In 1884, she began work on Little Lord Fauntleroy, with the serialization beginning in 1885 in St. Nicholas, and the publication in book form in 1886. Little Lord Fauntleroy received good reviews, became a best-seller in the United States, and England was translated into 12 languages and secured Burnett's reputation as a writer.[2] The story features a boy who dresses in elaborate velvet suits and wears his long hair in curls.[26] The central character, Cedric, was modeled on Burnett's younger son Vivian, and the autobiographical aspects of Little Lord Fauntleroy occasionally led to disparaging remarks from the press. After the publication of Little Lord Fauntleroy, Burnett's reputation as a writer of children's books was fully established. In 1888 she won a lawsuit in England over the dramatic rights to Little Lord Fauntleroy, establishing a precedent that was incorporated into British copyright law in 1911. In response to a second incident of pirating her material into a dramatic piece, she wrote The Real Little Lord Fauntleroy, which was produced on stage in London and on Broadway.[2] The play went on to make her as much money as the book.[26]

In 1887 Burnett traveled to England for Queen Victoria's Golden Jubilee, which became the first of yearly transatlantic trips from the United States to England.[2] Accompanied by her sons, she visited tourist attractions such as Madame Tussaud's Wax Museum in London. In her rented rooms she continued the Tuesday evening salon and soon attracted visitors, meeting Stephen Townsend for the first time. Despite her busy schedule, she felt ill from the heat and the crowds of tourists, spending protracted periods in bed.[27] With her sons, she moved on to spend the winter in Florence, where she wrote The Fortunes of Philippa Fairfax, the only book to be published in England but not in the United States.[27] That winter Sara Crewe or What Happened at Miss Minchin's was published in the United States.[28] She would go on to make Sara Crewe into a stage play, and later rewrite the story into A  Little Princess.[2] In 1888, Burnett returned to Manchester, where she leased a large home off Cromwell Road, had it decorated, and then turned it over to cousins to run as a boarding house, after which she moved to London, where she again took rooms, enjoyed the London season, and prepared Phyllis for production, a stage adaptation of The Fortunes of Philippa Fairfax. When the play ran she was disappointed by the bad reviews and turned to socialize. During this period she began to see more of Stephen Townsend, whom she had met during the Jubilee year.[29]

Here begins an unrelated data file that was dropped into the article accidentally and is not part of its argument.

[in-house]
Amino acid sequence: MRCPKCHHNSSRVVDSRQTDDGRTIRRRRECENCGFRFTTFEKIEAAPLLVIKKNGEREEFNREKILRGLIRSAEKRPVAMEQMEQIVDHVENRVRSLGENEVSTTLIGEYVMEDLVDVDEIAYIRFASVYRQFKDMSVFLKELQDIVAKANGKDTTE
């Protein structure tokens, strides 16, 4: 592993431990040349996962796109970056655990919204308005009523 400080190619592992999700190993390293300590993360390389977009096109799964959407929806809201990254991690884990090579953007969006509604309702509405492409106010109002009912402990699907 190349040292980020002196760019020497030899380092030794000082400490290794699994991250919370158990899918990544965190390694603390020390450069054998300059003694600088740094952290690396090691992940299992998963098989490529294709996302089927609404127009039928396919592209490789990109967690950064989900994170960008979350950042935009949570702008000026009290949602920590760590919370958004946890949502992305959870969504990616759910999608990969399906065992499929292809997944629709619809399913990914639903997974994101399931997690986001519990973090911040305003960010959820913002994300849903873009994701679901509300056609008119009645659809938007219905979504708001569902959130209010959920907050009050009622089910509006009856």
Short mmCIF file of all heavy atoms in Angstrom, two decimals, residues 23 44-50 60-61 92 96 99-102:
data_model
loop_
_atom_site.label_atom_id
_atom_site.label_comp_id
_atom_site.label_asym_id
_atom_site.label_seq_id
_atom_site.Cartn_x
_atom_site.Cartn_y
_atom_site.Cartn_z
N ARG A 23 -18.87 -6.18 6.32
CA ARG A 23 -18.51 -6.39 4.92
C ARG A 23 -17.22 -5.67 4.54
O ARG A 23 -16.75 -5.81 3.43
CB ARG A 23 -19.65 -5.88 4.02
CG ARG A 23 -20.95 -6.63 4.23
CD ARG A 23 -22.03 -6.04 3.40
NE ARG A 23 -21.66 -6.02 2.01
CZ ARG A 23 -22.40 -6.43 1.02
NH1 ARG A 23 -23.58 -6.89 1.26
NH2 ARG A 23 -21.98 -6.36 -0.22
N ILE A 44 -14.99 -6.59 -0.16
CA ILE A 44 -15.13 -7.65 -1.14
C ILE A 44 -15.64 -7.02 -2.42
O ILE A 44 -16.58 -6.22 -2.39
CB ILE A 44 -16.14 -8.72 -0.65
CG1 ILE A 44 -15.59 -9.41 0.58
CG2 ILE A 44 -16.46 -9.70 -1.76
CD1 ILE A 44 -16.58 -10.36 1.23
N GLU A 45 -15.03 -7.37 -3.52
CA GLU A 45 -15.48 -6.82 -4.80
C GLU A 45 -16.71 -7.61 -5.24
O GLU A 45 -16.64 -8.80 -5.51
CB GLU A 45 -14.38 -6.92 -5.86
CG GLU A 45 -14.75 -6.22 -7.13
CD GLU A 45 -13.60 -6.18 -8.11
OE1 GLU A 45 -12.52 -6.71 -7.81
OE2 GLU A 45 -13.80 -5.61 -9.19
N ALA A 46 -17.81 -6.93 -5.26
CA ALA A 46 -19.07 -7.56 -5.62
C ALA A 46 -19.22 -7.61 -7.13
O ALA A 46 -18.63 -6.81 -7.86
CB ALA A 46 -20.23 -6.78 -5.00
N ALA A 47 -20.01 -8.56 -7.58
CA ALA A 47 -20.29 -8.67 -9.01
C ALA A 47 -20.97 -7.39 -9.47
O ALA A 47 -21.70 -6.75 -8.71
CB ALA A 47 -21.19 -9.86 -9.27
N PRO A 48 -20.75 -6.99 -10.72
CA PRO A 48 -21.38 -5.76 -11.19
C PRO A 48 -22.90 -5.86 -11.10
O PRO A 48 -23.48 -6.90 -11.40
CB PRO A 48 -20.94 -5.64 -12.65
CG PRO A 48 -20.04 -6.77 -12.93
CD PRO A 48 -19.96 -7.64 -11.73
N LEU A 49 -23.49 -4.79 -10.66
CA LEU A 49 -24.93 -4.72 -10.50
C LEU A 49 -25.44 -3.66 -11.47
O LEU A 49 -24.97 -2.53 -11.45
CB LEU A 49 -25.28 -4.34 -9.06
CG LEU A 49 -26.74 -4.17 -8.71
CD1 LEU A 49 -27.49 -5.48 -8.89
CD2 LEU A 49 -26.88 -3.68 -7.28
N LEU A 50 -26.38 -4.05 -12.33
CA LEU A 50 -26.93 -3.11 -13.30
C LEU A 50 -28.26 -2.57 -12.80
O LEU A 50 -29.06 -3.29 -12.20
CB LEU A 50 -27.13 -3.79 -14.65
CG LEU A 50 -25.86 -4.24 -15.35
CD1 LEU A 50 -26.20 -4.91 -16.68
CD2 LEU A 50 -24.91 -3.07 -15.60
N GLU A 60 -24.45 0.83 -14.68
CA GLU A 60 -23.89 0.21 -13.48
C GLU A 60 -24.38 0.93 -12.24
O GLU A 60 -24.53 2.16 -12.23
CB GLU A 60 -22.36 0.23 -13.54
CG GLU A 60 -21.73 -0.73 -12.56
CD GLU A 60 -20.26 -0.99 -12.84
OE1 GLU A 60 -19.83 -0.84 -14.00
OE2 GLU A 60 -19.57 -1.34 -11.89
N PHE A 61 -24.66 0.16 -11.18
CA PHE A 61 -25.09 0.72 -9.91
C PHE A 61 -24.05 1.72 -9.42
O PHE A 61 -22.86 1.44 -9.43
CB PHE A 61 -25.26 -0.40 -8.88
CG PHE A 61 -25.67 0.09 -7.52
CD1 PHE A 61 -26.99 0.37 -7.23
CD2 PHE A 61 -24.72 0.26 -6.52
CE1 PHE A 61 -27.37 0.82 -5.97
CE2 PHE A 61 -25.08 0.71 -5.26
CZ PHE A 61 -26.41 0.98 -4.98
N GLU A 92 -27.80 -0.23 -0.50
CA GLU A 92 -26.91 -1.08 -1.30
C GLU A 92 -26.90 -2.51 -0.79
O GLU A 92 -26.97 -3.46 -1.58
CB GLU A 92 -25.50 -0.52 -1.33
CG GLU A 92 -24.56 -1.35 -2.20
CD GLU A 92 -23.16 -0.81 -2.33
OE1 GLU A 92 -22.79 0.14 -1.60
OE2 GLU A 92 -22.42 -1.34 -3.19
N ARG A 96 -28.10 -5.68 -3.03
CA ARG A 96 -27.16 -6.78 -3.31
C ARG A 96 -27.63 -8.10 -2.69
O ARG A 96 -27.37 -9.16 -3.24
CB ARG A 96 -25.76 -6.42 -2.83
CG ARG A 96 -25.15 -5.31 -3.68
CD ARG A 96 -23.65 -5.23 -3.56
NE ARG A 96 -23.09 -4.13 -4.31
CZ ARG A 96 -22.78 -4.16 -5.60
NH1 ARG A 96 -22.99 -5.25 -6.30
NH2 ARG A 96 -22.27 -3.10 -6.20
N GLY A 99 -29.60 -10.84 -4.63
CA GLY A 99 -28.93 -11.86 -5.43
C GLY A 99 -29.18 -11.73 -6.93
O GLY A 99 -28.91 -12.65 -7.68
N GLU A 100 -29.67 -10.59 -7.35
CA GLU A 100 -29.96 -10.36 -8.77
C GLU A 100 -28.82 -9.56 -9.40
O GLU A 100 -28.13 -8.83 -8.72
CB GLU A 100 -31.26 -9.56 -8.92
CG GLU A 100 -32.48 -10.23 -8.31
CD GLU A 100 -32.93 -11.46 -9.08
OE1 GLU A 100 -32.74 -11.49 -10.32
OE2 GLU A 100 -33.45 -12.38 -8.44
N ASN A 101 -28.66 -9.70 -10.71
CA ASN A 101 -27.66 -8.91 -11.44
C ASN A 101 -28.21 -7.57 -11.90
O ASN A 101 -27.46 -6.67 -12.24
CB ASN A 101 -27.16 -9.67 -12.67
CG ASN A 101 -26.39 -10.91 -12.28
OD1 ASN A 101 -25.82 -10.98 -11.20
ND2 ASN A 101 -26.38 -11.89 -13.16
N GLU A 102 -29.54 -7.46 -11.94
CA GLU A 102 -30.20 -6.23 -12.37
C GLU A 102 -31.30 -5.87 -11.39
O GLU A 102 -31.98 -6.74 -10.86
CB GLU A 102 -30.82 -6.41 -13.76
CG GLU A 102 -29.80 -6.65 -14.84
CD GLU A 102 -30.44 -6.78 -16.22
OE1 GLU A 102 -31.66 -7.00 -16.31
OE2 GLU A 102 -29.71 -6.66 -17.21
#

In December 1890, Burnett's elder son Lionel died from consumption in Paris, which greatly affected her life and her writing.[2] Before his death, she sought a cure from physician

In December 1890, Burnett's elder son Lionel died from consumption in Paris, which greatly affected her life and her writing.[2] Before his death, she sought a cure from physicians and took him to Germany to visit spas.[30] After his death, before she sank into a deep depression, she wrote in a letter to a friend that her writing was insignificant in comparison to having been the mother of two boys, one of whom died.[31] At this time she turned away from her traditional faith in the Church of England and embraced Spiritualism and Christian Science.[14] She returned to London, where she sought the distraction of charity work and formed the Drury Lane Boys' Club, hosting an opening in February 1892. Also during this period, she wrote a play with a starring role for Stephen Townsend in an attempt to begin his acting career.[32] After a two-year absence from her Washington, D.C. home, her husband, and her younger son, Burnett returned there in March 1892, where she continued charity work and began writing again.[33] In 1893, Burnett published an autobiography, devoted to her elder son, titled The One I Knew Best of All.[2] Also in that year, she had a set of her books displayed at the Chicago World Fair.[34]